Sharing Is Caring

Turo has a simple mission: to put the world’s 1.5 billion cars to better use. “Cars are underutilized assets that sit idle 95% of the time, and vehicle ownership is getting more expensive every year,” explains Catherine Mejia, a public affairs and communications rep for the innovative company, which now boasts the world’s largest peer-to-peer car sharing marketplace. 

Since launching in 2009, the booming biz has aimed to solve these problems via an app-based platform that allows anyone to arrange transportation in a pinch, or transform their vehicle into a lucrative side hustle. By empowering private car owners in 11,000+ cities worldwide to connect with drivers seeking a fun, customizable car sharing experience, Turo has shaken up the car rental industry in a major way.

Indeed, Turo is a game-changer for cities like Raleigh and truly offers something for everyone. Are you an experience-seeker looking to  splurge on a swanky ride so that you can turn heads on the highway a la Christie Brinkley? Mejia recommends applying the “Deluxe” and “Super Deluxe” filters in your rental search, which highlight models valued at $55,000 or higher. Want to pay off an expensive car by renting it out? Give hosting a go—the company prides itself on having several teams dedicated to supporting these users, equipping them with pricing insights, robust trust and safety policies, and a tiered selection of protection plans, among other helpful services.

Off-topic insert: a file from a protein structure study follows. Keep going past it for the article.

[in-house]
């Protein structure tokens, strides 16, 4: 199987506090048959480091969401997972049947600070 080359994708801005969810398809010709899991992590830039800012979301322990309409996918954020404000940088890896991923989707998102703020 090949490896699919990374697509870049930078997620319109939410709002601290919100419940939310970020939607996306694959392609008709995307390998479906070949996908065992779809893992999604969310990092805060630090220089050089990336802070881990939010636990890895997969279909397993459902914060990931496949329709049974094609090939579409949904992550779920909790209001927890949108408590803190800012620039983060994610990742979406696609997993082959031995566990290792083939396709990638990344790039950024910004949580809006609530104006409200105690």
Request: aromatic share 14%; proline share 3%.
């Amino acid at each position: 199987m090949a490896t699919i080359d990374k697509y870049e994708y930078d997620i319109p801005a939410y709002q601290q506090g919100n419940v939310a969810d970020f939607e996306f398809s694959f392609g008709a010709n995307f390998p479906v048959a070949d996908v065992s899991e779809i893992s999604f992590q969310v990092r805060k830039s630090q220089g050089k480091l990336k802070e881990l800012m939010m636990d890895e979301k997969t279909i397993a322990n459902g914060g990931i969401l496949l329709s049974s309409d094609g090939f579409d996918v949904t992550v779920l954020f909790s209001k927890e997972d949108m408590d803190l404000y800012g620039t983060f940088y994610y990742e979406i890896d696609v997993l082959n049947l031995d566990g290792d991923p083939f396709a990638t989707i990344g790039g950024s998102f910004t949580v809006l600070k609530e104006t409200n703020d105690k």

Ultimately, no matter how you choose to use the app, it’s time to embrace the fact that we’ve officially entered our car sharing era—and many see it as the wave of the future.

Classics Rock

Who doesn’t love a good comeback? Just as decades-old fashion trends resurface time and time again, several retro cars are making a return to the spotlight in 2023. 

Trending Now “At present there is a demand for restored pickup trucks from the ’50s through the ’70s,” shares Denny Oestreich, an avid restorer of vintage cars and former president of the Triangle chapter of the Antique Automobile Club of America. “Ford Broncos are very popular and sought after.” (S/O to Sydney Sweeney!) Additionally, “Dodge and Plymouth muscle cars from the ’60s and ’70s maintain popularity today,” he says, while “interest in Ford Model T’s and Model A’s has diminished, and prices have dropped significantly.”